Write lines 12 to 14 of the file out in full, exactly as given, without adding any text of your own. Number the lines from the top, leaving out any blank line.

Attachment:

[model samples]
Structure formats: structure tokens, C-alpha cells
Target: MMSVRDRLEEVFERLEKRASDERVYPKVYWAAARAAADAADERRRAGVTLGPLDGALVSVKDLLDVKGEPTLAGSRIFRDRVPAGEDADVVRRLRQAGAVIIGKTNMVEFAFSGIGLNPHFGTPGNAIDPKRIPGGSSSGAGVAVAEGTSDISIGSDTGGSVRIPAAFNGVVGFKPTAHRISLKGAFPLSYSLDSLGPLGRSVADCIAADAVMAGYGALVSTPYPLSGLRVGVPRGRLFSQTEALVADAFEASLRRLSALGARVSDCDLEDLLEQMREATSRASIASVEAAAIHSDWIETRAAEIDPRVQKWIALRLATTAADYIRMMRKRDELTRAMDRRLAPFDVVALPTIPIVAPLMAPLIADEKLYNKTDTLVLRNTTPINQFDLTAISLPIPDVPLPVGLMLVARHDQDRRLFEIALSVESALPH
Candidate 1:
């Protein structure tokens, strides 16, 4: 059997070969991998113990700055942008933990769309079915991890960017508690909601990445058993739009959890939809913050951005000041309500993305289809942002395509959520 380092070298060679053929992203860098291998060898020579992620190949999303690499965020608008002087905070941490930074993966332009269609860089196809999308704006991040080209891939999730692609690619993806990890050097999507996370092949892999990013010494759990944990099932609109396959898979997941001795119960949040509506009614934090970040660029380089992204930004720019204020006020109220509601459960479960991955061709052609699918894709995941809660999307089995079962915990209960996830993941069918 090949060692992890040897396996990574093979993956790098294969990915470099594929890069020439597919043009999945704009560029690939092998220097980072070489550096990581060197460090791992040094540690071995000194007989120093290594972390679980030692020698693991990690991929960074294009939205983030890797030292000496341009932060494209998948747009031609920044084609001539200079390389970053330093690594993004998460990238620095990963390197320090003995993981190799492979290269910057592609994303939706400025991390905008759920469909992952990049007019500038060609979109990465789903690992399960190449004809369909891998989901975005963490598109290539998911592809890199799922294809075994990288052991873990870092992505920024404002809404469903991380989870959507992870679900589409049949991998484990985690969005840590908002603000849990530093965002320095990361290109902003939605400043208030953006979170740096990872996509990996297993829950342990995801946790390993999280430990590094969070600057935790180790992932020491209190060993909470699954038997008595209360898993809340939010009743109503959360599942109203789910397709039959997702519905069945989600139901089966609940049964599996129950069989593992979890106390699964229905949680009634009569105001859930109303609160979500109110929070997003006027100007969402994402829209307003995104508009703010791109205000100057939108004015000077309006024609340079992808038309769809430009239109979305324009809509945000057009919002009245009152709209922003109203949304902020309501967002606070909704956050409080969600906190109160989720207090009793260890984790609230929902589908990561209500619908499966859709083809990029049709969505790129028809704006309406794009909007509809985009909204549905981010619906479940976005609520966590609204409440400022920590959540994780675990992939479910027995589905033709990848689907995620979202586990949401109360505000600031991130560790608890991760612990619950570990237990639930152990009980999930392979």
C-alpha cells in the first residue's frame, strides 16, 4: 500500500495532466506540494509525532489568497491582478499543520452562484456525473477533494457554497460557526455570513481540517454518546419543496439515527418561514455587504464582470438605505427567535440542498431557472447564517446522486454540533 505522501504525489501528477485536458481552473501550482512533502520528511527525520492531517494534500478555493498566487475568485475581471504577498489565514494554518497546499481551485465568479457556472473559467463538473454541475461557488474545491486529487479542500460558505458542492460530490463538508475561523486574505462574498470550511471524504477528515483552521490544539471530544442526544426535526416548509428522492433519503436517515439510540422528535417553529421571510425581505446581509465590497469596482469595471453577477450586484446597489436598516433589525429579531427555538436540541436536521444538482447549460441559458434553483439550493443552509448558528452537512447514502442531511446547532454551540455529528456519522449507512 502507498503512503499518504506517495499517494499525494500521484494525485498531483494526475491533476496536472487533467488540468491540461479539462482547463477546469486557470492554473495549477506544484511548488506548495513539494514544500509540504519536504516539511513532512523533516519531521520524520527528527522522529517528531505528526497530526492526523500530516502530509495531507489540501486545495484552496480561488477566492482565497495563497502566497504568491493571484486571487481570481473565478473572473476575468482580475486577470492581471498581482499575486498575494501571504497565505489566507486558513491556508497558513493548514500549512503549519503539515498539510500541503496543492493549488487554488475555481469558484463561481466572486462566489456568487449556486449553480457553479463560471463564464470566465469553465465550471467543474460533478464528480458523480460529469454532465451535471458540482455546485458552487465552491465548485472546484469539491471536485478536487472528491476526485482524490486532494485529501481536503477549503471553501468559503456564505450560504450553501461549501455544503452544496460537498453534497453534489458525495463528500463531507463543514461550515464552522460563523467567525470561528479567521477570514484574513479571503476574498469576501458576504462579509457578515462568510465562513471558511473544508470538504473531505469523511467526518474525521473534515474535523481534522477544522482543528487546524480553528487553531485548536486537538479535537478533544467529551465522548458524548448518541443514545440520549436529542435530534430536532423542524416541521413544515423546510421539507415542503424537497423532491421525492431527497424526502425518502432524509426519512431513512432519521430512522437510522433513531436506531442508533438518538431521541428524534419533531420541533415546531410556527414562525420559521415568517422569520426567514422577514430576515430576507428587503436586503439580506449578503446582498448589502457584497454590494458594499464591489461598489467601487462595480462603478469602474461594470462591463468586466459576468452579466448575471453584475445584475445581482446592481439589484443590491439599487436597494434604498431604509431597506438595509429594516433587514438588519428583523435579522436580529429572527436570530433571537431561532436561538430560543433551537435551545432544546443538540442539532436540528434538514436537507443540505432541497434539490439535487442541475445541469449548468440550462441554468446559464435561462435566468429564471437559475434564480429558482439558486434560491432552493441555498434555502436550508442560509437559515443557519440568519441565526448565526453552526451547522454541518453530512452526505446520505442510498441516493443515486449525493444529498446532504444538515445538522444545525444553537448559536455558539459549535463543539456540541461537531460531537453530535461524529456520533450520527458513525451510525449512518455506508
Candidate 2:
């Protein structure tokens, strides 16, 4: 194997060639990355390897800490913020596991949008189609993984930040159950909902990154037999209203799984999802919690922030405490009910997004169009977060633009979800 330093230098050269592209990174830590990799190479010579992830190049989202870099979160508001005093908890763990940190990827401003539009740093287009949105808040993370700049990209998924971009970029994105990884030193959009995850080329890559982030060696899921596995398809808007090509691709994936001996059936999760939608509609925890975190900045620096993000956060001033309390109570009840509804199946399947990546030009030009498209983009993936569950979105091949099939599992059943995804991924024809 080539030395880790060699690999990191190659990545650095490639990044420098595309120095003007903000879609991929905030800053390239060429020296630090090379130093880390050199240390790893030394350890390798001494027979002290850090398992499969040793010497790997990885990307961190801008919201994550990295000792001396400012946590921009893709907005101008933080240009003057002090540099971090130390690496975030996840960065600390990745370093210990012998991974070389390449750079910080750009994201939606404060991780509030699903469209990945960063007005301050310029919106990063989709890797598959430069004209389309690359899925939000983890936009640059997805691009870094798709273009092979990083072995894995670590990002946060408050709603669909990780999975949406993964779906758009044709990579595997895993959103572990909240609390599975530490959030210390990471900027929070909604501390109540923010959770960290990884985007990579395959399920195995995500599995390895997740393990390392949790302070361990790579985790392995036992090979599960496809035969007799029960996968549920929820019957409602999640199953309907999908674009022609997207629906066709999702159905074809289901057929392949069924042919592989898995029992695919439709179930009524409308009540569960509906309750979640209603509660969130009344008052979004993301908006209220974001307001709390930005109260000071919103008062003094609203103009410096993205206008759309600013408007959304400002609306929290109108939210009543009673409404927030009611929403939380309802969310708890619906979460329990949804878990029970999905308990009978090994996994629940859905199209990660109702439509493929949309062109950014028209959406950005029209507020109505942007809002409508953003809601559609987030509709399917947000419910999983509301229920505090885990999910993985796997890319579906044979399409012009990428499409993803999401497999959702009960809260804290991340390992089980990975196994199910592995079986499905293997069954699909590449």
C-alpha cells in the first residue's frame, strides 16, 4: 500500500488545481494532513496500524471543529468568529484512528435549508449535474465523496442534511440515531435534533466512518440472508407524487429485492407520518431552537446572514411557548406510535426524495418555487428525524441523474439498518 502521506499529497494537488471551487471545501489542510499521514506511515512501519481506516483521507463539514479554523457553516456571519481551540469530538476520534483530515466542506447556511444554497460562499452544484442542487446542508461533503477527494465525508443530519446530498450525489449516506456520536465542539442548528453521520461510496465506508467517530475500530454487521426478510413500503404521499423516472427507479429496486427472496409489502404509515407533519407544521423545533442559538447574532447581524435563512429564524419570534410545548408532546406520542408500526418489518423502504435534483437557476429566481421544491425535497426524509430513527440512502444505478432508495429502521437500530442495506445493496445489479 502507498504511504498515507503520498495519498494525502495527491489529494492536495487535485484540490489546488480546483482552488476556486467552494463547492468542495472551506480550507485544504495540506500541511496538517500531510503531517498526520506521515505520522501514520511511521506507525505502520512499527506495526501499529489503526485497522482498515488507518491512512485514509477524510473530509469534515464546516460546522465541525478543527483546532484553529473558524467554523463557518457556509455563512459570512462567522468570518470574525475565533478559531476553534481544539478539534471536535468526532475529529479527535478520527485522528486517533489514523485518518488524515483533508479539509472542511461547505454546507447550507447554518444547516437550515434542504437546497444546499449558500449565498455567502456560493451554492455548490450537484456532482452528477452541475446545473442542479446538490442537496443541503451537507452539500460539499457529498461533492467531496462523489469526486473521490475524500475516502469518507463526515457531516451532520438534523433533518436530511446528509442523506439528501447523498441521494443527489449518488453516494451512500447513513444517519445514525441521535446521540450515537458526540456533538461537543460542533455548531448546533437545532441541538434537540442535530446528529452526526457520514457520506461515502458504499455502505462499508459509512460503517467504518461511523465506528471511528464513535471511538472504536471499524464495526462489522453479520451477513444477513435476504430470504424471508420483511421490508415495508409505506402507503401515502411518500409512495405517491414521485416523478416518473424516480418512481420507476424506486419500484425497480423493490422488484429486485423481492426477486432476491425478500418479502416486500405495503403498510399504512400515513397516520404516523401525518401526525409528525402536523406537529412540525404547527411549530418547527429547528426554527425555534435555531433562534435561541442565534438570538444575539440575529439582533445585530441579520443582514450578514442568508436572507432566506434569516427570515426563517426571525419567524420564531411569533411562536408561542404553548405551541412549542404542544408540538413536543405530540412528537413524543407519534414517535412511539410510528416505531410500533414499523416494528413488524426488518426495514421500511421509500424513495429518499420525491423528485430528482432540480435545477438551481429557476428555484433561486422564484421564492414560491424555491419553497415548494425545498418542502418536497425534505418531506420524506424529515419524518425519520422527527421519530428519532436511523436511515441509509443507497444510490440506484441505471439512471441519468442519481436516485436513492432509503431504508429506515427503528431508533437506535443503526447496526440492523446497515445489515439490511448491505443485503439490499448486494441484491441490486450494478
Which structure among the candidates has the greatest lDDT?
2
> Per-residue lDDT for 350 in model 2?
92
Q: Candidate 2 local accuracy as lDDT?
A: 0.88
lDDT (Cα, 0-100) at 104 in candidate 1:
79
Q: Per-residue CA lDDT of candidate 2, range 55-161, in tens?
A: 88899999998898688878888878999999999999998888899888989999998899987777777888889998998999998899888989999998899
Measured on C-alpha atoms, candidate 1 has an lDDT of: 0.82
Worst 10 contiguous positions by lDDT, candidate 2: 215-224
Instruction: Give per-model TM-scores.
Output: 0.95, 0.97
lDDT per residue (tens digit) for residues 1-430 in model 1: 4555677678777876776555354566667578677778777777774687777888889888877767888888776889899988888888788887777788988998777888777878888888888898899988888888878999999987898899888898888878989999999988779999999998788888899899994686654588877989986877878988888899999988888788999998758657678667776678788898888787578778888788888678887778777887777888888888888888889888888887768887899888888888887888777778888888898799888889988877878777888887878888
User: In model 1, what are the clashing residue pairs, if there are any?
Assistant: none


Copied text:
> Per-residue lDDT for 350 in model 2?
92
Q: Candidate 2 local accuracy as lDDT?